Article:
Russia’s indicators evidence that the preservation of the Soviet model of science also have not bring something good except stagnation. Therefore, Putin made what he is able to do. He has subdued the academic research system to state bureaucracy.

The recent trends show that Ukraine has on avarage over 6000 publications in international peer-reviewd journals per year. However, compared to US, Germany or France, where the cost of one such publication is about 1 million dollars, in Ukraine it is worth about 50 thousand USD. This depicts a dedication and intensity of research activities of Ukrainian researchers, their organizational capacity during a research process in extremely adverse conditions.

The state cannot fund scientific research at the appropriate level, while legislative encouragement of fundraising is practically not existent. We also are witnessing certain increase of participation of Ukrainian universities and research institutions in international grant projects. However, it is not only about funds. We should talk about reform of Ukrainian universities and scientific research infrastructure.

Today, we have a situation when the majority of university students are not able to access the labs of the National Academy of Sciences during their studies. At the same time, the average age of Doctors of Science who work in this system is around 65 years, and the proportion of young scientists does not exceed 15%.[6] There is the need for the integration of science and higher education by determining scientometric indicators as main criteria of quality of universities and specialized research institutions.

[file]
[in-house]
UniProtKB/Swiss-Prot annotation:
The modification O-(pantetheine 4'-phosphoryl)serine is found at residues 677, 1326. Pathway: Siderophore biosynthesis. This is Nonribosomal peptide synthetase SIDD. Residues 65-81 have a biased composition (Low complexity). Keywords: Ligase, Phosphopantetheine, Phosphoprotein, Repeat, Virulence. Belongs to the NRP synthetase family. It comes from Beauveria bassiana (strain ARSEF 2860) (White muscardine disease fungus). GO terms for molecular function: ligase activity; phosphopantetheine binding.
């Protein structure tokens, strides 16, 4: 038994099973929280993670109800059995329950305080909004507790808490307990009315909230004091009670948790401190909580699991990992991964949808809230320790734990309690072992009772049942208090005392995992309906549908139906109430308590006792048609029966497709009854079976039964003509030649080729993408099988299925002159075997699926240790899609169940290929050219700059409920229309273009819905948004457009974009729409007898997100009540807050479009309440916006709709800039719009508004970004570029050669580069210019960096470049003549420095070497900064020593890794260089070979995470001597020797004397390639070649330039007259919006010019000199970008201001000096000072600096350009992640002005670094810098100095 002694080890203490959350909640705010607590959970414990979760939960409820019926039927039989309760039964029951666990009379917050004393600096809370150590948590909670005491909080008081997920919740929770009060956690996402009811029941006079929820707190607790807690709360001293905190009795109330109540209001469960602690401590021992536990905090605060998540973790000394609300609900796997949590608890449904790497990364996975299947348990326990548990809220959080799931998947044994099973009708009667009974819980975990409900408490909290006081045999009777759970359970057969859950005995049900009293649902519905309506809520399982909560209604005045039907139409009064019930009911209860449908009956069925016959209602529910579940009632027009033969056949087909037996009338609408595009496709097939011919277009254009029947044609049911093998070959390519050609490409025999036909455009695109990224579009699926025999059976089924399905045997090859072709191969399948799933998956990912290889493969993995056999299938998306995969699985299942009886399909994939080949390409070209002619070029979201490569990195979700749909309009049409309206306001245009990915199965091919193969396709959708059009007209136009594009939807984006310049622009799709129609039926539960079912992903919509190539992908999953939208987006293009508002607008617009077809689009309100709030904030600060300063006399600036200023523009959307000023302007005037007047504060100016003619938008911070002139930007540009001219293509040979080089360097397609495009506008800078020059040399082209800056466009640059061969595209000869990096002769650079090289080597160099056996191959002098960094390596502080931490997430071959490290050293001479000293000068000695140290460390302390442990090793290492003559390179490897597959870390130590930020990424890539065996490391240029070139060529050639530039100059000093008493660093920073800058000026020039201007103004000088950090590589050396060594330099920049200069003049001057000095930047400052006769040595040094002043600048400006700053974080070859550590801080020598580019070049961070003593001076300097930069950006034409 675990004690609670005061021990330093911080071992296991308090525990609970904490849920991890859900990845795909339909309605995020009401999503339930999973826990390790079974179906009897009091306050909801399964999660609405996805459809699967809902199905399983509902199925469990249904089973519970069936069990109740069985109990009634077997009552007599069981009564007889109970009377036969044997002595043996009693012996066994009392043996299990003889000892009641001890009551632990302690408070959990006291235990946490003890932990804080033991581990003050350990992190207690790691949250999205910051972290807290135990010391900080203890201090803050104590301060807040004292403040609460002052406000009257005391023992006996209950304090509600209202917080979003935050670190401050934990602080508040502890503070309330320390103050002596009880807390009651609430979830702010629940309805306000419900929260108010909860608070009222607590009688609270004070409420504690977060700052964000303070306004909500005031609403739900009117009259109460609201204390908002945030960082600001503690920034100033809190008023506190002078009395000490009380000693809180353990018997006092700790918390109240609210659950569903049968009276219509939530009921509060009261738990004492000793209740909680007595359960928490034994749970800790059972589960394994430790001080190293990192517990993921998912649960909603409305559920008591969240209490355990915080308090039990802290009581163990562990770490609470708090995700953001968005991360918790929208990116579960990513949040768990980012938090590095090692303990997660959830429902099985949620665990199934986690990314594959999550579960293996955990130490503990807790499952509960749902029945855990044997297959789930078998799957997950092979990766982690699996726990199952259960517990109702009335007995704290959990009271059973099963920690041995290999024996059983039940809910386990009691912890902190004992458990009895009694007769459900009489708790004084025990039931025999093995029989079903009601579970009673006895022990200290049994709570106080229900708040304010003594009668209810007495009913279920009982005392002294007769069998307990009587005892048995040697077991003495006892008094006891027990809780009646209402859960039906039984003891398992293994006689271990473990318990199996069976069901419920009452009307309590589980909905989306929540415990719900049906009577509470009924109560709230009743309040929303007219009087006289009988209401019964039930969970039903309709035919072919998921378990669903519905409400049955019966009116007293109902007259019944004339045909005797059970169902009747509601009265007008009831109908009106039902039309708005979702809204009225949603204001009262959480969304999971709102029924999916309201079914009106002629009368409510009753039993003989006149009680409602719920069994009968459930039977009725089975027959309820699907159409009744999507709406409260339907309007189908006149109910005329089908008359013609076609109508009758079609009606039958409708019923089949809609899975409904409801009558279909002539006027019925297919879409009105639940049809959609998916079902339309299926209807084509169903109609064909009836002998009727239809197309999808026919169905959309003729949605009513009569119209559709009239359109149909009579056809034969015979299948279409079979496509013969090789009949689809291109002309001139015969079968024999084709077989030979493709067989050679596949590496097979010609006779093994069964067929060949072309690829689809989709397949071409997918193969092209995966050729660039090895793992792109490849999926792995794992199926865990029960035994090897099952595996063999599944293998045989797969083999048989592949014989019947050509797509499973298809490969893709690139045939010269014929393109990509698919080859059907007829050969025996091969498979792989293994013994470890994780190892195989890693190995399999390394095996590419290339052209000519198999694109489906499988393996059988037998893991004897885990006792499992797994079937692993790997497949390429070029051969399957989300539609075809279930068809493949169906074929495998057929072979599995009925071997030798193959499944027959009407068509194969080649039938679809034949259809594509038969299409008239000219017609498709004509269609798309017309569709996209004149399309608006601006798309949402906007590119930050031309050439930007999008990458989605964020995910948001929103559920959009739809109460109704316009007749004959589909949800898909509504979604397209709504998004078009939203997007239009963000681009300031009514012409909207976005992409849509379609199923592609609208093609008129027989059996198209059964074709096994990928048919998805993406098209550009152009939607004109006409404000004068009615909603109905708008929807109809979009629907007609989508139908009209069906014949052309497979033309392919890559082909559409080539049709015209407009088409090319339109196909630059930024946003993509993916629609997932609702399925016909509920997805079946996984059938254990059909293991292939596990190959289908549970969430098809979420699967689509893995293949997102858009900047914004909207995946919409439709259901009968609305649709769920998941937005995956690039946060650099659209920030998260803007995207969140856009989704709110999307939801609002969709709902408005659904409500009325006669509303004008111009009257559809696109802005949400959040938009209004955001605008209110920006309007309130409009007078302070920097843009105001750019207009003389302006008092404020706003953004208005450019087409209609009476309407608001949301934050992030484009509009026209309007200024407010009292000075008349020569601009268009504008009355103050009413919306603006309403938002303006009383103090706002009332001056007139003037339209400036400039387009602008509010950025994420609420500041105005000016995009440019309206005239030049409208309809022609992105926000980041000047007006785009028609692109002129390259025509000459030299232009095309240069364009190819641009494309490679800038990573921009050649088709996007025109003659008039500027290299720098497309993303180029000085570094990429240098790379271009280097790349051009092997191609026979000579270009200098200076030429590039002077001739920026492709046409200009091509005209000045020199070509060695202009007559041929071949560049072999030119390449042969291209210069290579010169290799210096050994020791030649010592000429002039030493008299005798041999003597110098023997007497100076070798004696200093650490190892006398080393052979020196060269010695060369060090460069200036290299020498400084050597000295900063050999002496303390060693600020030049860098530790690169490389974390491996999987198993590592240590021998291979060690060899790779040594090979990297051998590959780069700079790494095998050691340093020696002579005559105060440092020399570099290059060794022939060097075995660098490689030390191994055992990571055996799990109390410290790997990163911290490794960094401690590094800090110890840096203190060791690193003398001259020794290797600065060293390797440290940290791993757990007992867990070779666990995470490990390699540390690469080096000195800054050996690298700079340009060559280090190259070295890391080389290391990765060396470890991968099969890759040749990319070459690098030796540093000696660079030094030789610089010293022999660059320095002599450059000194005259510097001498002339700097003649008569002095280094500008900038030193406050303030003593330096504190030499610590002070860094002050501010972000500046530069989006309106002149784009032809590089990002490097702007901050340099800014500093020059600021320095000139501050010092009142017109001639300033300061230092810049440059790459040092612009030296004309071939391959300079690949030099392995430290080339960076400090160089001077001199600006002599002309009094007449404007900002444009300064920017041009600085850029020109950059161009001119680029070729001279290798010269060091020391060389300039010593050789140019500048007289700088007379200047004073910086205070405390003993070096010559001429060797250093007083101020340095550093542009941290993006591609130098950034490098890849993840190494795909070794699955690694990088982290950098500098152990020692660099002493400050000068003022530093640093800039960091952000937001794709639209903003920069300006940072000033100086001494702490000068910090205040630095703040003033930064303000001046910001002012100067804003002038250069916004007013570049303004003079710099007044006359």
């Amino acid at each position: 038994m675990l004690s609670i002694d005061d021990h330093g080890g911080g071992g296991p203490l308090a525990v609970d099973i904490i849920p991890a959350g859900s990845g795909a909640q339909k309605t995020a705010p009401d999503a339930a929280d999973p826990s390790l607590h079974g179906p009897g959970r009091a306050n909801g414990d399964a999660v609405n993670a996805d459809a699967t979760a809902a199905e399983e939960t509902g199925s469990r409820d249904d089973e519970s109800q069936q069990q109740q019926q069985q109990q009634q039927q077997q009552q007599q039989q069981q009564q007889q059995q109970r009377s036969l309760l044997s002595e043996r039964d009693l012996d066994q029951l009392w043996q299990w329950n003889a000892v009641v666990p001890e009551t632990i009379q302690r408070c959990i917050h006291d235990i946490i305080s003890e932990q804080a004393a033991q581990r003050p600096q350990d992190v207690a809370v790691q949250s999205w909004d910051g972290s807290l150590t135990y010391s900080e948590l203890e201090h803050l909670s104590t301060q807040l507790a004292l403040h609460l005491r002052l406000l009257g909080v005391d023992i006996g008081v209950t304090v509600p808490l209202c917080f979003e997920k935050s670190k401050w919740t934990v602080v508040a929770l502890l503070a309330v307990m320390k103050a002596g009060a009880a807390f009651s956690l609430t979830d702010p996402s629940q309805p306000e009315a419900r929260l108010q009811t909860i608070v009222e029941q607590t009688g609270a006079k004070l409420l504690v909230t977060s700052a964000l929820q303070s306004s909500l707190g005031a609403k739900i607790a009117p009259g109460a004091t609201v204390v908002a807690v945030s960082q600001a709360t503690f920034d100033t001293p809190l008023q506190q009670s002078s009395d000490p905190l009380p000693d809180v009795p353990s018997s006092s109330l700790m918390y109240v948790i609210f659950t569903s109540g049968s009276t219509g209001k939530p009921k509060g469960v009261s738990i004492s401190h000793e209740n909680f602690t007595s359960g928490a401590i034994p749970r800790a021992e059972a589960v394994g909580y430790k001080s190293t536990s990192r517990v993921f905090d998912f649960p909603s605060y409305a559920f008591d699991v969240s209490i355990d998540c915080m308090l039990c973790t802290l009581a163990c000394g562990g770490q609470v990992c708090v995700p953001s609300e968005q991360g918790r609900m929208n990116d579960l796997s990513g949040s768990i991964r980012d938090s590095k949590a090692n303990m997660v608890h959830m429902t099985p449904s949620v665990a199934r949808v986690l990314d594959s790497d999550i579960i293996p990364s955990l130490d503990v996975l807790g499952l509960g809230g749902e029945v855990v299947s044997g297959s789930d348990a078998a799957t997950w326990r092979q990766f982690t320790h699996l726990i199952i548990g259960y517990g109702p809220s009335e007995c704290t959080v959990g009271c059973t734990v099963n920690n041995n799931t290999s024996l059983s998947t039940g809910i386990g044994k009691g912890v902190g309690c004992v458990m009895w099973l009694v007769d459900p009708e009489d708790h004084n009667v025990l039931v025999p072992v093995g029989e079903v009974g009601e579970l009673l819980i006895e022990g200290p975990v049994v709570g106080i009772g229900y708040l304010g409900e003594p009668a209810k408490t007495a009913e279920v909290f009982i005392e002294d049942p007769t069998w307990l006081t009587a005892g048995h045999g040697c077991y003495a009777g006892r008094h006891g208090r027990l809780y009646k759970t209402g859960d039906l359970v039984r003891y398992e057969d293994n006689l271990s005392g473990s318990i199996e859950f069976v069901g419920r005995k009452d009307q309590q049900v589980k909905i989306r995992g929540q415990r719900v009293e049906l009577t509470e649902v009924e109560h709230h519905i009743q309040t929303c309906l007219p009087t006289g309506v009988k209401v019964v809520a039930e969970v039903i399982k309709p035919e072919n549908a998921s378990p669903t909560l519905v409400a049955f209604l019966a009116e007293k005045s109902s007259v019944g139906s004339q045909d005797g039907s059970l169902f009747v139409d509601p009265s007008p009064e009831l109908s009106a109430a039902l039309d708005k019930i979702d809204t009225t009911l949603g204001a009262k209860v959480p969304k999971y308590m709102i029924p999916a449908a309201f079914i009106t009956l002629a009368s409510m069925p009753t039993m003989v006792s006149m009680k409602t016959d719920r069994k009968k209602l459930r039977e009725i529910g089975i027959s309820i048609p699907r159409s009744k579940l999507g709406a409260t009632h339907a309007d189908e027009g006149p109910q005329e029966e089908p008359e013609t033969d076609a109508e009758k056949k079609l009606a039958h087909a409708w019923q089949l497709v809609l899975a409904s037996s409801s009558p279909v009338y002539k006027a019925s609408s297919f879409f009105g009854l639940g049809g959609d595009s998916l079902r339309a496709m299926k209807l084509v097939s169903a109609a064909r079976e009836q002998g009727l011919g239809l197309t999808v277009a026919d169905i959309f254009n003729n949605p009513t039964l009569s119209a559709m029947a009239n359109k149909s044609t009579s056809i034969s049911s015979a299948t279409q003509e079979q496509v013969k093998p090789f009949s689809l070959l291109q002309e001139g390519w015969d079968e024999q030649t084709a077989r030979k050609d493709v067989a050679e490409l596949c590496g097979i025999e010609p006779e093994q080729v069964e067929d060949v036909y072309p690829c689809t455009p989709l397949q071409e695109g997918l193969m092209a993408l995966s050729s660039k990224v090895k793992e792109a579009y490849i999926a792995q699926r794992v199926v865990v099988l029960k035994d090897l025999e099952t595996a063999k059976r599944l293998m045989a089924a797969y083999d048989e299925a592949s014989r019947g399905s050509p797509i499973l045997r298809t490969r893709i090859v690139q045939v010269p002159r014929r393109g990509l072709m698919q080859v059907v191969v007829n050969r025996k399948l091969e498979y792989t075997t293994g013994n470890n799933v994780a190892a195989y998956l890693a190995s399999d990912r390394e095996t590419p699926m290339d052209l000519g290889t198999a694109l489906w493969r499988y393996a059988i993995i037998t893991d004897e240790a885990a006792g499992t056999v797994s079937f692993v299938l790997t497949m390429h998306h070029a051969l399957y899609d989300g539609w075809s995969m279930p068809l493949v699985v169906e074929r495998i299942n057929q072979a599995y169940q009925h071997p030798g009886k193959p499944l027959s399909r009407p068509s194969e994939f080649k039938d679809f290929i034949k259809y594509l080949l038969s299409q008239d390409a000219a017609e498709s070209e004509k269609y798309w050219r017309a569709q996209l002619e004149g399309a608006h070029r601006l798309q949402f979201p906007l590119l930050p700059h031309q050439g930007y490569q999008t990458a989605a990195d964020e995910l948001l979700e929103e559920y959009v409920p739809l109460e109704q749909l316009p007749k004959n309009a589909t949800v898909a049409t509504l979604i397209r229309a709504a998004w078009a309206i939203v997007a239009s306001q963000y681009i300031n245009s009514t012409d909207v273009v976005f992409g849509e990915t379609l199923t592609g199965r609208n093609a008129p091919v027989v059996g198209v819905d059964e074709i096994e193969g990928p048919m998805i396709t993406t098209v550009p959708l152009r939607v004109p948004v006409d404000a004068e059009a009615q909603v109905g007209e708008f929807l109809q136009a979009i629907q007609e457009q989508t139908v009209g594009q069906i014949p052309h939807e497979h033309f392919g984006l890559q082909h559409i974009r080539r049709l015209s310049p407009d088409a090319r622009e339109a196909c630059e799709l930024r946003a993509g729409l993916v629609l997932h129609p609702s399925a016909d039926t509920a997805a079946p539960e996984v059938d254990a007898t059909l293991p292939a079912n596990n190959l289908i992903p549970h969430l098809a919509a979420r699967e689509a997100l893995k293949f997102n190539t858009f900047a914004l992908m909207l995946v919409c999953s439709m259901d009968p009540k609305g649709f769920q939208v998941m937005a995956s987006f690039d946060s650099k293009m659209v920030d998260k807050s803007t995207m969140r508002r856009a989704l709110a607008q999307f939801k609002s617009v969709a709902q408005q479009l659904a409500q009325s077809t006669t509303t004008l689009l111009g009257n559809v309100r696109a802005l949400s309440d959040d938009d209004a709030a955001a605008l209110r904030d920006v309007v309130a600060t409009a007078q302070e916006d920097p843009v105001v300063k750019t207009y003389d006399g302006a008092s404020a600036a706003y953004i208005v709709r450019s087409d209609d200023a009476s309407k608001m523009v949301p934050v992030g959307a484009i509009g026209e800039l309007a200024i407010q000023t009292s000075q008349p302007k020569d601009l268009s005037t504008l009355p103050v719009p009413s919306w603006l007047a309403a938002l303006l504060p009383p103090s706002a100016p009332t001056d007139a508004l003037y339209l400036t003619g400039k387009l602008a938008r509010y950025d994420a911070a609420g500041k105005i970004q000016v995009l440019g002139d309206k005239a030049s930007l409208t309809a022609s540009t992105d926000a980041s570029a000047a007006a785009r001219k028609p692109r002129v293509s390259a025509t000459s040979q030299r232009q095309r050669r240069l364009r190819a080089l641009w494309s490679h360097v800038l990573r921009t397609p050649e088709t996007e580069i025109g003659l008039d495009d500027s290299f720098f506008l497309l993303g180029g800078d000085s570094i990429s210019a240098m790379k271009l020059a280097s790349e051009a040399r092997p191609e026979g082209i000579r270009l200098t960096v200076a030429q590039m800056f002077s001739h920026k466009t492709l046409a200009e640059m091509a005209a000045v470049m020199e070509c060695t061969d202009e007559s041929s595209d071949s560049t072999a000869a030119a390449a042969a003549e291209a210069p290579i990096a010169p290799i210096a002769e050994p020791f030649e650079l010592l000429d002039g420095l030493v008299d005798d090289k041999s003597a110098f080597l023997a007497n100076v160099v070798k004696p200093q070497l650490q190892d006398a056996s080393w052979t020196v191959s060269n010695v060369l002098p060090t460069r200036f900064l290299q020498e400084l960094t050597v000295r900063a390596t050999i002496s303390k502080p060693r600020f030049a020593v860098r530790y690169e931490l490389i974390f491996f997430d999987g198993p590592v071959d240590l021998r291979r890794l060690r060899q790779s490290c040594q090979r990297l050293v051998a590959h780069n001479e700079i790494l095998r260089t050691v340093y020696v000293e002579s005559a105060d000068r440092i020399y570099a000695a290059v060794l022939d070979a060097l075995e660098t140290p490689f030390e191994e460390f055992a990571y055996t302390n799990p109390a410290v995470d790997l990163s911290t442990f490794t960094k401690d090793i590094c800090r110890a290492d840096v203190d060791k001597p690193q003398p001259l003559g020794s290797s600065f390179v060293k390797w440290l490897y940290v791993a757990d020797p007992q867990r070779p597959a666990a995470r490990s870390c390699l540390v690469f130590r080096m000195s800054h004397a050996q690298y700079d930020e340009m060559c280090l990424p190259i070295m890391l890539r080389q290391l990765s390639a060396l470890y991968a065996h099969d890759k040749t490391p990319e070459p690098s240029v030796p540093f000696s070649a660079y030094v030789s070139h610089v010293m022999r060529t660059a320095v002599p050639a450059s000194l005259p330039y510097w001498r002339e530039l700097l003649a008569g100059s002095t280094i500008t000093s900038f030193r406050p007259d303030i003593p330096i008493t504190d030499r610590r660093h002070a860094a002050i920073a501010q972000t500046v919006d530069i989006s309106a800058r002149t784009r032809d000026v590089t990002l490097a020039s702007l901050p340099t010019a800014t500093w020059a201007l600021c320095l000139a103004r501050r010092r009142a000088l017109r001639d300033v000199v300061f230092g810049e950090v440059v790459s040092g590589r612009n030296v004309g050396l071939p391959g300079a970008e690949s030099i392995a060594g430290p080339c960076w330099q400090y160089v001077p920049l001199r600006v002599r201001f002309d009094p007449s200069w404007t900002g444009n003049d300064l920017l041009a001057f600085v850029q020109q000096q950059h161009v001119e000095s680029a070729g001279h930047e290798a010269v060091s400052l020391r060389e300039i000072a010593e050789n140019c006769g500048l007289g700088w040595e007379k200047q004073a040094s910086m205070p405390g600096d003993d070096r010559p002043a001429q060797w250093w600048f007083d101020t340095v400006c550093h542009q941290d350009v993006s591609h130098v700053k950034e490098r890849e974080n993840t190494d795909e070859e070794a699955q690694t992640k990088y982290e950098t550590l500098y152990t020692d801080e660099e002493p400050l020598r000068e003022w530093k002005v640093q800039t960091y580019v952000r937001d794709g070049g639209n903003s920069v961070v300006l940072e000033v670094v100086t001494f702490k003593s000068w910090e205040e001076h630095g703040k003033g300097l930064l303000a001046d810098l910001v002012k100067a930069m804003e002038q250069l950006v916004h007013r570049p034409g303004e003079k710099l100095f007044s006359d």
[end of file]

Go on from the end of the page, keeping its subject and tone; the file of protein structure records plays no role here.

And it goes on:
Otherwise, the Ukrainian universities will never become competitive in the global arena. The mutual integration can take place in several ways: via financing of research on the basis of grants, when proposals are jointly provided by universities and National Academy of Sciences institutes; structural amalgamation of universities and academic research institutions; opening of joint Master and PhD programs, as well as development of laboratory facilities in Ukrainian universities.

Higher education is not yet perceived in close connection with research. This thinking should be changed immediately. The task of integration of Ukrainian higher education and scientific research into global competition and cooperation, cross-disciplinary character, increase of professional standards requires the understanding of some important issues, which also arise as challenges for the Government of Ukraine. All of them can boil down to one thing: there is no understanding in the modern Ukraine that education should be regarded not as expenditures but investment to the future of national economy, society and state.